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The University of Southampton

Southampton researcher joins international WMD discussions

Published: 27 January 2005

Southampton academic Dr Mark Smith has been invited to take part in a top-level meeting of the international WMD Commission, which will discuss the control of weapons of mass destruction at its Fourth Meeting, to be held in Cairo next week (31 Jan - 2 Feb). The Commission is headed by Dr Hans Blix, the former head of weapons inspection for the United Nations.

Dr Smith, from the University's Mountbatten Centre for International Studies, will make a presentation on the future of efforts to control the spread of missiles capable of carrying WMD.

"This is the latest round in a series of collaborations between the University and the Commission," he said. "It will be fascinating to contribute to the discussions and discover high-level international opinion on arms control after the war in Iraq. I believe the international community ought to work towards regional solutions, rather than global ones, to the problems we confront in the spread of WMD-capable missiles."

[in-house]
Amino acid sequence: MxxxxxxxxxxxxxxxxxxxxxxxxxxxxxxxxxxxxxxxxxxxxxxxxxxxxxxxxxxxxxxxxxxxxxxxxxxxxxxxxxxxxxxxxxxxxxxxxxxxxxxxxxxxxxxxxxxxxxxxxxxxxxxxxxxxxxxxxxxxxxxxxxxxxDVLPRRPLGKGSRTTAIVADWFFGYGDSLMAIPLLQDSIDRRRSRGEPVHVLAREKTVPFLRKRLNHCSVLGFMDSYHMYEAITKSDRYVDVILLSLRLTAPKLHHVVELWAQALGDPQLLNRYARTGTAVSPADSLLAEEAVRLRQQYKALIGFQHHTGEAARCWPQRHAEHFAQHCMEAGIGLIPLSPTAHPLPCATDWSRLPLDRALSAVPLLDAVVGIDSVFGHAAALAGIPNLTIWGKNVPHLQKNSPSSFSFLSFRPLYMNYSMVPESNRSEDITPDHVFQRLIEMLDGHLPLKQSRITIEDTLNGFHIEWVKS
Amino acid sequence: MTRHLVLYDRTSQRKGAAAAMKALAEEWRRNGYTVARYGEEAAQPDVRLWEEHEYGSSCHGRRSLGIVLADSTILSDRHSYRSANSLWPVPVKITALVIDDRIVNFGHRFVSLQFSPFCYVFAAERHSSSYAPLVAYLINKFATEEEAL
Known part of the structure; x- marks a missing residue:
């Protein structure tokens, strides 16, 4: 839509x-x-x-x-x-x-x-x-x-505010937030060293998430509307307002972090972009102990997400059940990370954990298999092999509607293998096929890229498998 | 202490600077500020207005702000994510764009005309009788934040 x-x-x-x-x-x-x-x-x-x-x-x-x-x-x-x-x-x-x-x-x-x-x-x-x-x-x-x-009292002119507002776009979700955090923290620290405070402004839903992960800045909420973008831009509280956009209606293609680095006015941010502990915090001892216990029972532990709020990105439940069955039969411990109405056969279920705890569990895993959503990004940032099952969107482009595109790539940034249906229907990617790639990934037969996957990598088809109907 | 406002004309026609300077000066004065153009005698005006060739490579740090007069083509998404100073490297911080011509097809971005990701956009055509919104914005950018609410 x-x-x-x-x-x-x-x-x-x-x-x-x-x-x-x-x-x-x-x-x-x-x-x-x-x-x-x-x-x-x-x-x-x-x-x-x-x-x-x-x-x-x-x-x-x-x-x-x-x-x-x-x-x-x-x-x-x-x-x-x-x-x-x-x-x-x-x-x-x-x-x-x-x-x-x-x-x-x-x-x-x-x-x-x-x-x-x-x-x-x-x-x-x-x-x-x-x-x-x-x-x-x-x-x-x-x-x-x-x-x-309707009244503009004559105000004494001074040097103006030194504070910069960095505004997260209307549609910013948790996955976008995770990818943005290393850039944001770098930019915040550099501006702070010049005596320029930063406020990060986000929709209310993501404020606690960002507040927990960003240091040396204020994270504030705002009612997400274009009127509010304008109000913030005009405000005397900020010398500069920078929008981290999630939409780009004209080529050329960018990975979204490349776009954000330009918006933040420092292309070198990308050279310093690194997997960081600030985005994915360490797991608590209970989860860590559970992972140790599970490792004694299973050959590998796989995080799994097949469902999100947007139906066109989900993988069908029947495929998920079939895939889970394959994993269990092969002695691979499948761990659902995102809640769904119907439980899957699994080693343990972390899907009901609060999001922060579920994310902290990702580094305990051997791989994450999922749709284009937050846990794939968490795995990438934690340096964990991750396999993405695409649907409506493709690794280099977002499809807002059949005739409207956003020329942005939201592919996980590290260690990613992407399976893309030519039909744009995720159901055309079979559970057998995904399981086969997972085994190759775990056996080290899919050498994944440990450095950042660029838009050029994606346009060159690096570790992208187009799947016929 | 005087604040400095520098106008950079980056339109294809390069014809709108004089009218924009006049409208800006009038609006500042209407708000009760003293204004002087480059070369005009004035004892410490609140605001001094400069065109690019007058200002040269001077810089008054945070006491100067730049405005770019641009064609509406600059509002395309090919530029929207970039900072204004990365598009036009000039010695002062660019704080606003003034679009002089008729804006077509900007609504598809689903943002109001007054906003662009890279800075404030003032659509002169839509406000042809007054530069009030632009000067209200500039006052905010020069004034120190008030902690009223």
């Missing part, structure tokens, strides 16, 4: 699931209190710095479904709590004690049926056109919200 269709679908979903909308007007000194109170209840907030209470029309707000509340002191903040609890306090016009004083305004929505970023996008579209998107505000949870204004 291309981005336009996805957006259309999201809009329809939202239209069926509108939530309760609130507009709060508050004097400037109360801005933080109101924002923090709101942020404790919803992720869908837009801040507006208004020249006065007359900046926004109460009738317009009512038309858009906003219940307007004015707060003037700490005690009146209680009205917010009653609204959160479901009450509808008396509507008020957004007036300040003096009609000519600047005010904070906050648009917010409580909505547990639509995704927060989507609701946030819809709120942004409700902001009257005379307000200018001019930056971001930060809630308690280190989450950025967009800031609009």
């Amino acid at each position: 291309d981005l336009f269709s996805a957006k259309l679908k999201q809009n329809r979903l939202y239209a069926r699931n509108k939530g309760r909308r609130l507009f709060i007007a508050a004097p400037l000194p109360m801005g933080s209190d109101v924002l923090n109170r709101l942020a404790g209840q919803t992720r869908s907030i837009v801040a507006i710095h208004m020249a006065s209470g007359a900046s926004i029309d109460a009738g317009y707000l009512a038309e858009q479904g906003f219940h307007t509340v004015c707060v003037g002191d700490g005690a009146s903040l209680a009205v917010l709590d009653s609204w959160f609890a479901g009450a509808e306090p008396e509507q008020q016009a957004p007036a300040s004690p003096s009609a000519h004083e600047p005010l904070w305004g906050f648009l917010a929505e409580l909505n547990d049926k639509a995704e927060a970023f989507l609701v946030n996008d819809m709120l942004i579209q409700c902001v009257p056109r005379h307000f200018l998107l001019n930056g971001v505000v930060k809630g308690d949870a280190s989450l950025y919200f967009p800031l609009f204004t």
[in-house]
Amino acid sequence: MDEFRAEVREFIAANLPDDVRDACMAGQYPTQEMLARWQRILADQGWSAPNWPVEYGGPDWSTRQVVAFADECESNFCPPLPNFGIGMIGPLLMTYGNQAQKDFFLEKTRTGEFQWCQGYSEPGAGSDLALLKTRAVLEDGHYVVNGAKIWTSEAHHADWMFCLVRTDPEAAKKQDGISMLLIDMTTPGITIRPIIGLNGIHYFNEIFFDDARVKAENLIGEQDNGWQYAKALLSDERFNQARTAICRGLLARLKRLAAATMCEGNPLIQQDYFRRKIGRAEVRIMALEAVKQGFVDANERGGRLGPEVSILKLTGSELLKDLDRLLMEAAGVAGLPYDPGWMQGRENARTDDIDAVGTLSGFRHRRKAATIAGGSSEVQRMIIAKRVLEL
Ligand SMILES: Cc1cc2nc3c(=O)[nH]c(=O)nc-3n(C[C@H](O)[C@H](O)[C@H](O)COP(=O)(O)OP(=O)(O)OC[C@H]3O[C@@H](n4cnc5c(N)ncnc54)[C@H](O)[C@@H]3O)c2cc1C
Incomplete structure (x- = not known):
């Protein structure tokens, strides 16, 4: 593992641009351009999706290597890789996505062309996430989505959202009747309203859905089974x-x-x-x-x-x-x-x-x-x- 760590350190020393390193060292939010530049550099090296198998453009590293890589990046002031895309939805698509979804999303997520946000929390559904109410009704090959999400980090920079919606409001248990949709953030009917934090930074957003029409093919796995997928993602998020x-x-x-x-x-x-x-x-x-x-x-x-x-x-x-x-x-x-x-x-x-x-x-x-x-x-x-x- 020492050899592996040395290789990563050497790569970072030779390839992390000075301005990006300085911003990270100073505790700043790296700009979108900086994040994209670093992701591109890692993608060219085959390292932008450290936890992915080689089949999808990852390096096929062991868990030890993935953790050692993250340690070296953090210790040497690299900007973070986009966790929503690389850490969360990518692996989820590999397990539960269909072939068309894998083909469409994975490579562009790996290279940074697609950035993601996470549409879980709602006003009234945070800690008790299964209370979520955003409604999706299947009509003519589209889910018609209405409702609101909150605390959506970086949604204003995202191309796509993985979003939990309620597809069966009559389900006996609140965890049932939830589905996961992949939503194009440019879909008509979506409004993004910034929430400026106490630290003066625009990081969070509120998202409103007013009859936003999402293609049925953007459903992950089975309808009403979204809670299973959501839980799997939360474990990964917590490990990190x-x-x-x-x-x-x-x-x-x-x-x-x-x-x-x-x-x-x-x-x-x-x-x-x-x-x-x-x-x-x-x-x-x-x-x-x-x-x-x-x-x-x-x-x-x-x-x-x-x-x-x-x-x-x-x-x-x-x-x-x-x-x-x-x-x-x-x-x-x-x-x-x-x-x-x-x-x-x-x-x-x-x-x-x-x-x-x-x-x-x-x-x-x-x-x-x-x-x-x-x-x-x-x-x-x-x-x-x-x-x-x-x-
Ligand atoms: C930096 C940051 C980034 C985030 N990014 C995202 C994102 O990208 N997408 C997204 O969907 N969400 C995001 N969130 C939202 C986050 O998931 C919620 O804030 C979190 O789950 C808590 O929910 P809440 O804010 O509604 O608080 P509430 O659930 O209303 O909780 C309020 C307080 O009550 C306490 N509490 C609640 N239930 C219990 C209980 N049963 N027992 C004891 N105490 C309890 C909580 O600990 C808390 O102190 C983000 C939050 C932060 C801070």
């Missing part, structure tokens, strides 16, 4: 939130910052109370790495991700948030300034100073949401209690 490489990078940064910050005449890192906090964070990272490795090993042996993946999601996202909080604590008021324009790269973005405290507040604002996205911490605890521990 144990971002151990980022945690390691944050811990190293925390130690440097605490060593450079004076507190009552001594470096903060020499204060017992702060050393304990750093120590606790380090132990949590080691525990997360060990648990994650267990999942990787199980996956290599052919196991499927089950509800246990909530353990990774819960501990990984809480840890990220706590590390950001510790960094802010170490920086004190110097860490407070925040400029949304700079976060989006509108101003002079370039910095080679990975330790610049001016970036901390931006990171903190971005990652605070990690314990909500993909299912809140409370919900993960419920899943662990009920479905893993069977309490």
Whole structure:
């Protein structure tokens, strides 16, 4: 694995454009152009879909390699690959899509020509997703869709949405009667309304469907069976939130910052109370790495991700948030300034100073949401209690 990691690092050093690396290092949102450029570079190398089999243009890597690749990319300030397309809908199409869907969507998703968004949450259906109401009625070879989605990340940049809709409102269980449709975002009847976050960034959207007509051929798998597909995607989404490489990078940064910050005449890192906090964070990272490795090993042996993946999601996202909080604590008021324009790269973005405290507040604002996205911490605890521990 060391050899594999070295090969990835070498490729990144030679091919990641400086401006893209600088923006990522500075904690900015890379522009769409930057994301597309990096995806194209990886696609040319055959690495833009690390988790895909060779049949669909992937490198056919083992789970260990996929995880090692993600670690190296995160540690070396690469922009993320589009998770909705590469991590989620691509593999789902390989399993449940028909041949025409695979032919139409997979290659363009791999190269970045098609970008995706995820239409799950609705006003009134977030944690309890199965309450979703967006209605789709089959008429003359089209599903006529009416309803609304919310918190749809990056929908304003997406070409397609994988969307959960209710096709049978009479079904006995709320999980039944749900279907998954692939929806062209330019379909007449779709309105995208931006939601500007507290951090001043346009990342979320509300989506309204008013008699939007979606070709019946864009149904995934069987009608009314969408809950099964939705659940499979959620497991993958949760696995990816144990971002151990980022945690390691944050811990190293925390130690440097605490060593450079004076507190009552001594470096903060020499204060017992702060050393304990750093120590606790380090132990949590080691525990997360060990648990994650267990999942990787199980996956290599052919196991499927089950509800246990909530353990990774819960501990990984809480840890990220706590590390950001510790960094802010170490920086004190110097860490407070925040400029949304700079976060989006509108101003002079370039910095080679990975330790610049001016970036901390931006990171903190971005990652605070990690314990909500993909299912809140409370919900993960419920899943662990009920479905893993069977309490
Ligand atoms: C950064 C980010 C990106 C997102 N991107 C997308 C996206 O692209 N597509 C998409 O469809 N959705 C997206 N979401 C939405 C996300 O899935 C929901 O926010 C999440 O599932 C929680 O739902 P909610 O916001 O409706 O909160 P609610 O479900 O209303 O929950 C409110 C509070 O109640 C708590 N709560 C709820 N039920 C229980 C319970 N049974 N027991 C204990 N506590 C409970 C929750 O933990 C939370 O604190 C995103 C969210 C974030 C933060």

He intends to cover the basis on which to establish international norms on missiles, the role of missile defence as a disincentive to proliferation, the question of whether regional or global mechanisms are likely to be most effective, and the problems encountered by recent efforts to establish global dialogue on missile proliferation.

Chaired by Dr Hans Blix, the WMD Commission comprises 15 members, representing a wide geographical and political base. The Commissioners discuss the issues, assess a range of expert studies and will contribute their analyses, thoughts and proposals to the collective work of the Commission, which will be presented in its Final Report to the UN Secretary-General in early 2006.

Notes for editors

The WMD Commission's mandate includes the proliferation and possession of nuclear, biological, chemical and radiological weapons, and the means of delivering them, such as missiles, along with terrorism-related issues and ways of preventing the acquisition and use of these devastating weapons. It also aims to develop realistic proposals for the greatest possible reduction of the dangers of weapons of mass destruction, including both short-term and long-term approaches and both non-proliferation and disarmament aspects.

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